Beer, Wine & Spirits

Beer lawsuit over IPA leaves fans hopping mad

"Stirring the pot sometimes is how you learn things," said Tony Magee, founder and CEO of Lagunitas Brewing, the fifth- largest private craft brewer in the U.S.

He's been known to stir the pot in the craft beer industry since creating Lagunitas in California 20 years ago. This week, however, Magee apparently went too far.

His company on Monday filed a lawsuit against larger rival Sierra Nevada, charging trademark infringement in the logo for Sierra Nevada's new IPA called Hop Hunter.

Craft beer CEO sues, then says sorry
Craft beer CEO sues, then says sorry

Lagunitas believed the bold, black, all-caps lettering for "IPA" on the new beer looked very similar to its own longtime logo. "The similarity ... will create confusion among consumers as to the origin of the IPA given that both designs are used in connection with craft brew India pale ale," the filing read.

In fact, Lagunitas believes it may have originated the acronym IPA way back in 1995 as shorthand for India pale ale, and it was seeking damages "treble to its actual damages or Sierra Nevada's profits, whichever is greater," plus attorneys' fees.

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The beer battle fell flat on social media.

"Really - Is this necessary?" tweeted @FW_Brewmaster.

"This is ridiculous, @lagunitasbeer should be ashamed," added @mattmaceachem.

As for the logos creating confusion among consumers, @BeerMagazine tweeted, "The only thing confusing is this," referring to the lawsuit.

"It was stunning actually, and by 10 o'clock in the morning I was reeling," Magee said about the backlash online. "I went home at the end of the day feeling as if I'd run a marathon or been beaten up."

Magee then decided to admit he was wrong and withdraw the lawsuit. "Today I was seriously schooled & I heard you well," he tweeted.

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That's not to say that Magee doesn't think he had a case, and that consumers may be so confused by the new logo they may think Lagunitas and Sierra Nevada are working together.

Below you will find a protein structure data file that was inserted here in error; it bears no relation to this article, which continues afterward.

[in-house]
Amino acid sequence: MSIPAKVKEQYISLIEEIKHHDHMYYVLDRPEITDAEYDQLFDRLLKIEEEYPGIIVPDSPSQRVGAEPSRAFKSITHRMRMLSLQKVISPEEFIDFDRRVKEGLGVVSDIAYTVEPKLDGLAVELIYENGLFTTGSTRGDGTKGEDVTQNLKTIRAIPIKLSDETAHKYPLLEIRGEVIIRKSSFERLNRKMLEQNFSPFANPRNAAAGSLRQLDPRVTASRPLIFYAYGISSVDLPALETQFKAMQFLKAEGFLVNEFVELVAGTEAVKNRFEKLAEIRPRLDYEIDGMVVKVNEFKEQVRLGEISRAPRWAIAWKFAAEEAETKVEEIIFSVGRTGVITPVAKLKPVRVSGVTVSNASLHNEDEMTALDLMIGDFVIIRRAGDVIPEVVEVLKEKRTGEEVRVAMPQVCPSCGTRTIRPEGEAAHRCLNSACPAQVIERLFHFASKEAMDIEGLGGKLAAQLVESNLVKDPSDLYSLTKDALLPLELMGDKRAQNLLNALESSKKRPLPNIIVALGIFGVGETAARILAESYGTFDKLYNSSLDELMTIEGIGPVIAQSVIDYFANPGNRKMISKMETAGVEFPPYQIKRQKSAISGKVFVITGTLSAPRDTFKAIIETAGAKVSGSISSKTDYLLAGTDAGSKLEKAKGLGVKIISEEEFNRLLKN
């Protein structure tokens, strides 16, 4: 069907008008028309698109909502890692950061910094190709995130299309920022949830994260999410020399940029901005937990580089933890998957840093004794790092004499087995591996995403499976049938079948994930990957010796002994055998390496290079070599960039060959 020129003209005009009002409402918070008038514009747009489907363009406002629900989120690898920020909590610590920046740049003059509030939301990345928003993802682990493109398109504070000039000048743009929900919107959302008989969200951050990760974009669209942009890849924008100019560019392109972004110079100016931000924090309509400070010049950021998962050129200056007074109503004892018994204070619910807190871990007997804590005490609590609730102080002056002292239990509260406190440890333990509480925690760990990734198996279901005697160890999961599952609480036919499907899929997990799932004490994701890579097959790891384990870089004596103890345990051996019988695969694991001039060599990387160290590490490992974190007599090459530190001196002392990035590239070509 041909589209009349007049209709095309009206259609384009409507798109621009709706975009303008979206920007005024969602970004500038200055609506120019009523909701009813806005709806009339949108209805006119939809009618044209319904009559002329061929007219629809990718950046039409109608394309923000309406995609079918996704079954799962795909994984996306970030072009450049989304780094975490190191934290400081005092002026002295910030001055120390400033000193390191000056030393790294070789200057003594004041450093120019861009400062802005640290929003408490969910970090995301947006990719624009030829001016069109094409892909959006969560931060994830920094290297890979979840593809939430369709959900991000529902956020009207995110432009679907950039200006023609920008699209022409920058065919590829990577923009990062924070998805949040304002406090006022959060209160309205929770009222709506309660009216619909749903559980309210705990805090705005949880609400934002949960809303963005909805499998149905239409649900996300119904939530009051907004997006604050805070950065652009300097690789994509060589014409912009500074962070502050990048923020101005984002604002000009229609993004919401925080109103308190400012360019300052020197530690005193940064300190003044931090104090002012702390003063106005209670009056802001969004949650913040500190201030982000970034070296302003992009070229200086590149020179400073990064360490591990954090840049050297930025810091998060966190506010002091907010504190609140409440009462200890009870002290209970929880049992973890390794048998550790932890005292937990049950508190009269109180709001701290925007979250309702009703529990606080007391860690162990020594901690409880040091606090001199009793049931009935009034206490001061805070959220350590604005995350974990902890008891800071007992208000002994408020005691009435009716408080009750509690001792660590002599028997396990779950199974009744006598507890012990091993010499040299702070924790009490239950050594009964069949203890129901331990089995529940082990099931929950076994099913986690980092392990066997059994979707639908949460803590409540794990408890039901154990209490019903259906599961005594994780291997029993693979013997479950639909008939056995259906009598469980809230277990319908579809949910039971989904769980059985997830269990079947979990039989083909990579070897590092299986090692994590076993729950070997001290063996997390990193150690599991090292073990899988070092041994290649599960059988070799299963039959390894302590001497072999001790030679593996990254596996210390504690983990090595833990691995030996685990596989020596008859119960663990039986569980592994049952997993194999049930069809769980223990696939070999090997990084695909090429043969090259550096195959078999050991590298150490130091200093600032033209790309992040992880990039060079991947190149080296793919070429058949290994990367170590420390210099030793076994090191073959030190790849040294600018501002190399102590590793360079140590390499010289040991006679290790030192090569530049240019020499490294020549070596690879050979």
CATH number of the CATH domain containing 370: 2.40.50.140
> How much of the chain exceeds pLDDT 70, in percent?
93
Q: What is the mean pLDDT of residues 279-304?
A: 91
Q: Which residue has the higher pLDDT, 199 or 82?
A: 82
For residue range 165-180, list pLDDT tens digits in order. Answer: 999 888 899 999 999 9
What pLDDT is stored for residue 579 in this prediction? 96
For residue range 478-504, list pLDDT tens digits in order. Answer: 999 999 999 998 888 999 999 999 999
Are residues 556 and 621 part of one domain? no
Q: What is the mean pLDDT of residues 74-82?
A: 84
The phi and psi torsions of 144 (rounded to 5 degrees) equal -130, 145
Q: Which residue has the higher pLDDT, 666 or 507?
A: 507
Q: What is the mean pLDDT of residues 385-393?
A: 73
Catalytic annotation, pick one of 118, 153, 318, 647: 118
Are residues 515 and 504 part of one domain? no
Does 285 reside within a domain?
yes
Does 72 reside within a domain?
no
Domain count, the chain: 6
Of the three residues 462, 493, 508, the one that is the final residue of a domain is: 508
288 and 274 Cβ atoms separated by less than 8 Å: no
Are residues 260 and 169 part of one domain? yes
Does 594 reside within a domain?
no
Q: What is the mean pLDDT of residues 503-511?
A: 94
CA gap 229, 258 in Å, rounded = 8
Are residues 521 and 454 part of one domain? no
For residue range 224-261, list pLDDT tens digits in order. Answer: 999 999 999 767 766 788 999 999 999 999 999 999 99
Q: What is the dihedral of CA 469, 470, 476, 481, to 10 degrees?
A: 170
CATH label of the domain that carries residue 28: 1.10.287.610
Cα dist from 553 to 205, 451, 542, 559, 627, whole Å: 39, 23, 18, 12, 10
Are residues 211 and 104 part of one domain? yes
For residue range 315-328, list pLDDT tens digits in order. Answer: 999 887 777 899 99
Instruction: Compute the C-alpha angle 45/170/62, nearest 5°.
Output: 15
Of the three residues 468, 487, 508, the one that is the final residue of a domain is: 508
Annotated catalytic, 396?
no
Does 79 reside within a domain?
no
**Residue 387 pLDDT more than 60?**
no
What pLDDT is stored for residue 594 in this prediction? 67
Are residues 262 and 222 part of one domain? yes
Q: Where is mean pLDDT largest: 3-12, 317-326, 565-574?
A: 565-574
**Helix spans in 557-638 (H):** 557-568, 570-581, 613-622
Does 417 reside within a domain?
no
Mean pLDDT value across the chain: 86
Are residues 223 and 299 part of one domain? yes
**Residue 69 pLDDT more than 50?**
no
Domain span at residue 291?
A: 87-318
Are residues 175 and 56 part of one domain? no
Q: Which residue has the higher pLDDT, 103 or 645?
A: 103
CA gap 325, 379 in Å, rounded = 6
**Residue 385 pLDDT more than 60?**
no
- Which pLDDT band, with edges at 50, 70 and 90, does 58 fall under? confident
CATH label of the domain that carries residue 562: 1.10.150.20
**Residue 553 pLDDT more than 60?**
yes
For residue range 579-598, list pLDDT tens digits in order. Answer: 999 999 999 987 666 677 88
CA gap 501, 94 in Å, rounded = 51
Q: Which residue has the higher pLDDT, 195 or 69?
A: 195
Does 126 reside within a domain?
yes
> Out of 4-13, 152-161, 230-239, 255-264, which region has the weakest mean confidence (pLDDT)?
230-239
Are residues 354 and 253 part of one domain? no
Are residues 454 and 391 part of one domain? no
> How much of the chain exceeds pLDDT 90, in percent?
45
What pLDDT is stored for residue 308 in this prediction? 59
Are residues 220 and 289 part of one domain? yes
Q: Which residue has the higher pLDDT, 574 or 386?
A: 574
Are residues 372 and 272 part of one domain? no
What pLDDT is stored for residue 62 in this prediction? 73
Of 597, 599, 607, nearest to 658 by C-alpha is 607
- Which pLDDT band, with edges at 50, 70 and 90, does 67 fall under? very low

"The other brewery, they do an awful lot of collaboration brews, and I never do any," he said. However, "It didn't matter that I felt that we could win in a court of law, that this was a meaningful infringement. That was irrelevant. My customers didn't want me to do it."

"Glad this is behind us," Sierra Nevada said in a statement to CNBC. "As we said, we have no interest in our beers being confused with anybody else's."

The spat comes even as craft beer continues to take market share from traditional brewers. Magee said last year Lagunitas' business grew 60 percent to nearly 600,000 barrels as the company expanded into Chicago.

He projects another 40 to 50 percent growth this year. "I don't think there's a craft brewer in the country that isn't operating at capacity." He's seen research indicating nearly half of millennials "have never even tried a Bud, Miller, or Coors ... it's not even on their menu."

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So now that these brewing frenemies are no longer involved in a lawsuit, has Magee heard from Sierra Nevada. "Do you think?" he said with a laugh.

"We don't harbor any ill will toward Lagunitas Brewing and are pleased that we can get back to making great beers," Sierra Nevada said in a statement.

Magee said the experience showed him how business has changed, especially when your business caters to millennials. "I think had we gone to a real court, we would've prevailed," said Magee, "but the court of public opinion is where our customers live, and it matters more than anything else."